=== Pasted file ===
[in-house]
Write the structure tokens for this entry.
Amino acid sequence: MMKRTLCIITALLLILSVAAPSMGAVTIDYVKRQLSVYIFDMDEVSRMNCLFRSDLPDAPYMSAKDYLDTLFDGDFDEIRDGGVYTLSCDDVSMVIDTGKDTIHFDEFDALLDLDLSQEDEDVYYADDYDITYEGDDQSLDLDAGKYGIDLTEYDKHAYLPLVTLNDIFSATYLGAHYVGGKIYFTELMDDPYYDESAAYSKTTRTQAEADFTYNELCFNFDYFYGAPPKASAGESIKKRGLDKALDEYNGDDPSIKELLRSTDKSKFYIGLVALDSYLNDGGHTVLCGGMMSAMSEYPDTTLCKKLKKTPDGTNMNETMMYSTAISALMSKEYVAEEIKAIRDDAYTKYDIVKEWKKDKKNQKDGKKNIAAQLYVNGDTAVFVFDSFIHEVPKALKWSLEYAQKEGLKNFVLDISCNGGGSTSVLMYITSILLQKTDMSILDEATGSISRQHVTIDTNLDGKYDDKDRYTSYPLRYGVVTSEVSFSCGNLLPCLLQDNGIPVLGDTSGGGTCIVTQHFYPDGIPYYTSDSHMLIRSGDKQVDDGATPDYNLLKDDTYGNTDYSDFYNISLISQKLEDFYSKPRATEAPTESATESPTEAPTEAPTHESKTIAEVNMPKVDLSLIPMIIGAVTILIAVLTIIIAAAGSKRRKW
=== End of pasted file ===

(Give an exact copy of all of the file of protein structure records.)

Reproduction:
[in-house]
Write the structure tokens for this entry.
Amino acid sequence: MMKRTLCIITALLLILSVAAPSMGAVTIDYVKRQLSVYIFDMDEVSRMNCLFRSDLPDAPYMSAKDYLDTLFDGDFDEIRDGGVYTLSCDDVSMVIDTGKDTIHFDEFDALLDLDLSQEDEDVYYADDYDITYEGDDQSLDLDAGKYGIDLTEYDKHAYLPLVTLNDIFSATYLGAHYVGGKIYFTELMDDPYYDESAAYSKTTRTQAEADFTYNELCFNFDYFYGAPPKASAGESIKKRGLDKALDEYNGDDPSIKELLRSTDKSKFYIGLVALDSYLNDGGHTVLCGGMMSAMSEYPDTTLCKKLKKTPDGTNMNETMMYSTAISALMSKEYVAEEIKAIRDDAYTKYDIVKEWKKDKKNQKDGKKNIAAQLYVNGDTAVFVFDSFIHEVPKALKWSLEYAQKEGLKNFVLDISCNGGGSTSVLMYITSILLQKTDMSILDEATGSISRQHVTIDTNLDGKYDDKDRYTSYPLRYGVVTSEVSFSCGNLLPCLLQDNGIPVLGDTSGGGTCIVTQHFYPDGIPYYTSDSHMLIRSGDKQVDDGATPDYNLLKDDTYGNTDYSDFYNISLISQKLEDFYSKPRATEAPTESATESPTEAPTEAPTHESKTIAEVNMPKVDLSLIPMIIGAVTILIAVLTIIIAAAGSKRRKW